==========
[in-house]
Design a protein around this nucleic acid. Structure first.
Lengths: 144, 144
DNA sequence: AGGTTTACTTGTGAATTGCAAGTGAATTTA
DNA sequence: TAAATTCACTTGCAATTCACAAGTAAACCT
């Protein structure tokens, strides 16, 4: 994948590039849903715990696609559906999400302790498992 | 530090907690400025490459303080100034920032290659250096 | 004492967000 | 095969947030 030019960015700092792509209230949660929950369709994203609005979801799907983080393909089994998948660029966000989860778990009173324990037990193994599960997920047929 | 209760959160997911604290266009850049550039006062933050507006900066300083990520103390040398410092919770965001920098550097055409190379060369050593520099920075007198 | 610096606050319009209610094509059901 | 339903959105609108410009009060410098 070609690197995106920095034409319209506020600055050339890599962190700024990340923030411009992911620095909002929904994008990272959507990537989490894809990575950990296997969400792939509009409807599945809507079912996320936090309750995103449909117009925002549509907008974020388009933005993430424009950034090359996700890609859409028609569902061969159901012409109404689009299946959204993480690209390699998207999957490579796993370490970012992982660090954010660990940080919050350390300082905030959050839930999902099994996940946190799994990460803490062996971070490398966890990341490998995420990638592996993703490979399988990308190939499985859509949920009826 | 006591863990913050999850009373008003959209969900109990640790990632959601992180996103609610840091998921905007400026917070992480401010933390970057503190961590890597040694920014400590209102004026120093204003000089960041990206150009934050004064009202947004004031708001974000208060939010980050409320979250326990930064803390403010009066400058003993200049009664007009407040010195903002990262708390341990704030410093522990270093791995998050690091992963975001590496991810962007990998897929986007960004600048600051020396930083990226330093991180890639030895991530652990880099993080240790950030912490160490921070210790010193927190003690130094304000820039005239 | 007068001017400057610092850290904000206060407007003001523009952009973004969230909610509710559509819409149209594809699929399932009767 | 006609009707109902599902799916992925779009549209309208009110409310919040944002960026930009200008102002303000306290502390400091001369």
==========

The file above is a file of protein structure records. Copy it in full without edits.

[in-house]
Design a protein around this nucleic acid. Structure first.
Lengths: 144, 144
DNA sequence: AGGTTTACTTGTGAATTGCAAGTGAATTTA
DNA sequence: TAAATTCACTTGCAATTCACAAGTAAACCT
């Protein structure tokens, strides 16, 4: 994948590039849903715990696609559906999400302790498992 | 530090907690400025490459303080100034920032290659250096 | 004492967000 | 095969947030 030019960015700092792509209230949660929950369709994203609005979801799907983080393909089994998948660029966000989860778990009173324990037990193994599960997920047929 | 209760959160997911604290266009850049550039006062933050507006900066300083990520103390040398410092919770965001920098550097055409190379060369050593520099920075007198 | 610096606050319009209610094509059901 | 339903959105609108410009009060410098 070609690197995106920095034409319209506020600055050339890599962190700024990340923030411009992911620095909002929904994008990272959507990537989490894809990575950990296997969400792939509009409807599945809507079912996320936090309750995103449909117009925002549509907008974020388009933005993430424009950034090359996700890609859409028609569902061969159901012409109404689009299946959204993480690209390699998207999957490579796993370490970012992982660090954010660990940080919050350390300082905030959050839930999902099994996940946190799994990460803490062996971070490398966890990341490998995420990638592996993703490979399988990308190939499985859509949920009826 | 006591863990913050999850009373008003959209969900109990640790990632959601992180996103609610840091998921905007400026917070992480401010933390970057503190961590890597040694920014400590209102004026120093204003000089960041990206150009934050004064009202947004004031708001974000208060939010980050409320979250326990930064803390403010009066400058003993200049009664007009407040010195903002990262708390341990704030410093522990270093791995998050690091992963975001590496991810962007990998897929986007960004600048600051020396930083990226330093991180890639030895991530652990880099993080240790950030912490160490921070210790010193927190003690130094304000820039005239 | 007068001017400057610092850290904000206060407007003001523009952009973004969230909610509710559509819409149209594809699929399932009767 | 006609009707109902599902799916992925779009549209309208009110409310919040944002960026930009200008102002303000306290502390400091001369």